If Green Bay is looking to retain an experienced player on the interior of the line, and one who has a reputation as a good teammate, Taylor could be an excellent fit. The health concerns the past two years are both a pro and con in negotiating an extension with Taylor. Having played in just three games the past two years, it is hard to see Taylor commanding a significant contract on the open market, especially not another three-year, $16,5 million contract like he had previously signed. With two freak injuries (bicep, ACL), it is reasonable to believe Taylor could put together another healthy season in 2021, much like his earlier years would suggest. It is also possible the Packers could bring back Taylor to a team-friendly, one-year deal which allows Taylor to maximize his value heading into 2022 free agency and provides the Packers with a starter at guard and insurance while Runyan, Jake Hanson, and Simon Stepaniak can further develop another year.

It is easy to forget that Taylor has played an emergency tackle in the past as well, so there is some level of versatility that exists for the eight-year pro. While Green Bay should certainly be on the lookout for additional depth during the draft, Taylor represents an inexpensive and scheme-experienced option.

He might not fall to Green Bay, but Azeez Ojulari would be enticing

If one is to look at a mock draft, Georgia’s Ojulari is going as high as seventh overall to Detroit or as low as the early-to-mid twenties. However, the edge rusher could certainly establish himself as one of the top pass rushers in the pre-draft process and climb up draft boards.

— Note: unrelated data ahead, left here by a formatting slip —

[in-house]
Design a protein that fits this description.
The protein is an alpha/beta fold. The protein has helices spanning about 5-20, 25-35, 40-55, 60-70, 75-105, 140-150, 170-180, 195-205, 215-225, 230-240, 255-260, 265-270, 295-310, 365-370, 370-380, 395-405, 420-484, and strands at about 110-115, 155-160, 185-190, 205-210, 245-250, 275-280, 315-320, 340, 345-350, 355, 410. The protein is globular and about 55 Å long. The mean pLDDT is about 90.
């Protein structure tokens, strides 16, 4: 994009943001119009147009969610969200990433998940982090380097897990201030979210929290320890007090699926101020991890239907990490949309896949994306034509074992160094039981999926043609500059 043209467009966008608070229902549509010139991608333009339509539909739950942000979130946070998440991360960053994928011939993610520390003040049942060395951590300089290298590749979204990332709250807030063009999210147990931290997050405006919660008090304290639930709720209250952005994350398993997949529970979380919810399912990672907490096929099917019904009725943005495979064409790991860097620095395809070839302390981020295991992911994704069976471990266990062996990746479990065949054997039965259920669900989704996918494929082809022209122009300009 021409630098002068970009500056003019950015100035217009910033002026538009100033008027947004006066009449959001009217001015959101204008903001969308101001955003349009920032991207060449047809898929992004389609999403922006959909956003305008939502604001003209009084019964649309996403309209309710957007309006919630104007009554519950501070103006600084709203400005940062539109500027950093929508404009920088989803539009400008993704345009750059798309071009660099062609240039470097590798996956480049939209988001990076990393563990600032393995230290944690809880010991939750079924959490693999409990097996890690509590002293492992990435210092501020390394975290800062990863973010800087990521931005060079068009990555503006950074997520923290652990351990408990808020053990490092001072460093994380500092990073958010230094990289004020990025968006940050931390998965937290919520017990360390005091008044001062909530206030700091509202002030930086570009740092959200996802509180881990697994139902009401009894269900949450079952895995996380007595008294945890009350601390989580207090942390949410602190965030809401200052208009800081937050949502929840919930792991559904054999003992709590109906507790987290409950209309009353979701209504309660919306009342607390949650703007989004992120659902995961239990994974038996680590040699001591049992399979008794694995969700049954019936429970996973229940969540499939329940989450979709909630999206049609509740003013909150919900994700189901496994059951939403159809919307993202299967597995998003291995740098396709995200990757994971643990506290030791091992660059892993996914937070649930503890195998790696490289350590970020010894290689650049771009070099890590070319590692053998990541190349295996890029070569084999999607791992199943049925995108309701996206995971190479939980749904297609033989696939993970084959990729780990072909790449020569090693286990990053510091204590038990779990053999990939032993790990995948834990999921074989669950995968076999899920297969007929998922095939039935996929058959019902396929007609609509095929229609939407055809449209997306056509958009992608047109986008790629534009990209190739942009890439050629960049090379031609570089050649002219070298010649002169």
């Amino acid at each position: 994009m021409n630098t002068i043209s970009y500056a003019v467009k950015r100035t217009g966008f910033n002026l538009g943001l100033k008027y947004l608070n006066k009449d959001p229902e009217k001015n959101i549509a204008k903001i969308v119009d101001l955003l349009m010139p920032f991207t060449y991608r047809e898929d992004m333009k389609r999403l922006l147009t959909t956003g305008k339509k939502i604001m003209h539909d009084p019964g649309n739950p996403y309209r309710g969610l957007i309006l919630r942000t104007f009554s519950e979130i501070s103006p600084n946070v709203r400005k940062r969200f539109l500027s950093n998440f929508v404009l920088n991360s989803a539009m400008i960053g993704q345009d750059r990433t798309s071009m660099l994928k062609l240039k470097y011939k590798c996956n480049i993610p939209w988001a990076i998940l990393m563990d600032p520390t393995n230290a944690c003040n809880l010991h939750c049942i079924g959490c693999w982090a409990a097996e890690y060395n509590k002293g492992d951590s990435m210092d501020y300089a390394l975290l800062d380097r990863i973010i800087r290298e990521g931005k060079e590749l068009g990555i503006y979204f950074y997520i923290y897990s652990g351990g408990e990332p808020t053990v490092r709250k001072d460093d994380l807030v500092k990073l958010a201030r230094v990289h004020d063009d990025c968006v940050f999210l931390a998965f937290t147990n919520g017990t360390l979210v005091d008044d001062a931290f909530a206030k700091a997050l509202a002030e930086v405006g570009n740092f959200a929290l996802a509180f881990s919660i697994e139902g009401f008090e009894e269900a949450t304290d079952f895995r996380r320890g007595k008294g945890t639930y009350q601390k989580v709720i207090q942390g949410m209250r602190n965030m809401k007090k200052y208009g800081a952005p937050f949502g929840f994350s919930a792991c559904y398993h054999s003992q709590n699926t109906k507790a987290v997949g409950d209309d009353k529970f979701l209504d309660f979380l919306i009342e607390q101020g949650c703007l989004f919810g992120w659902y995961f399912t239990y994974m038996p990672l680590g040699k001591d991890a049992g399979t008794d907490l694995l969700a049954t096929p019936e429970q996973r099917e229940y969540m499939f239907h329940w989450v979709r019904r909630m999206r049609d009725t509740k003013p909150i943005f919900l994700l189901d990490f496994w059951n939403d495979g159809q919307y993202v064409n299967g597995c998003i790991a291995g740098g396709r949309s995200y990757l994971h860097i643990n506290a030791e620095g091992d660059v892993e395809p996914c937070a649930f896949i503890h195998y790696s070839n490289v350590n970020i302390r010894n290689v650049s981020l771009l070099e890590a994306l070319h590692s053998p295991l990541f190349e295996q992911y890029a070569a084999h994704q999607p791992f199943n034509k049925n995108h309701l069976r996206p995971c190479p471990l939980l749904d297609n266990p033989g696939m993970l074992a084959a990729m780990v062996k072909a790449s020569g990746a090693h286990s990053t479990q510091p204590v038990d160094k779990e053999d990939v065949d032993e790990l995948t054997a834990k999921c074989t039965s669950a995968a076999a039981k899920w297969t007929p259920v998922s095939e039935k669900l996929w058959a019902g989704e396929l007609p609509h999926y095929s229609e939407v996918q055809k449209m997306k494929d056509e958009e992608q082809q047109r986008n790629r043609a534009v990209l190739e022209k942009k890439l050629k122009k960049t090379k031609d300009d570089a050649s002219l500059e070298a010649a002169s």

However, if Ojulari were to drop to the Packers at pick 29 or Green Bay were to trade up to grab him, the Bulldog pass rusher would be an intriguing weapon to form a trio with Za’Darius Smith and Rashan Gary. Especially if Preston Smith does not return, the Packers should be eyeing up pass-rushing talent and Ojulari fits the mold. Still just 20 years old, he would bring a different element to the team’s group of edge rushers with his speed while contributing the same high motor displayed by Gary. Although a bit undersized at 240 pounds, Ojulari is far from a one-trick pony and surprisingly holds up well enough on the edge in run support with solid hand placement and power. Georgia asked Ojulari to drop back in coverage at times as a stand-up rusher and that kind of experience would bode well in a professional 3-4 scheme like the Packers will continue to run next season.

Ojulari improved all three seasons at Georgia, culminating his college career with 8.5 sacks, 12.5 tackles for loss, and an outstanding New Year’s Six game against Cincinnati to cap off the 2020 season. The Packers were burned by the speed rush of Shaq Barrett in the NFC Championship Game, but are in a position where they could benefit from adding more speed at outside linebacker as well as more depth in general. Ojulari may not make it to the Packers’ pick, but he would make for a high-upside, first-year contributor.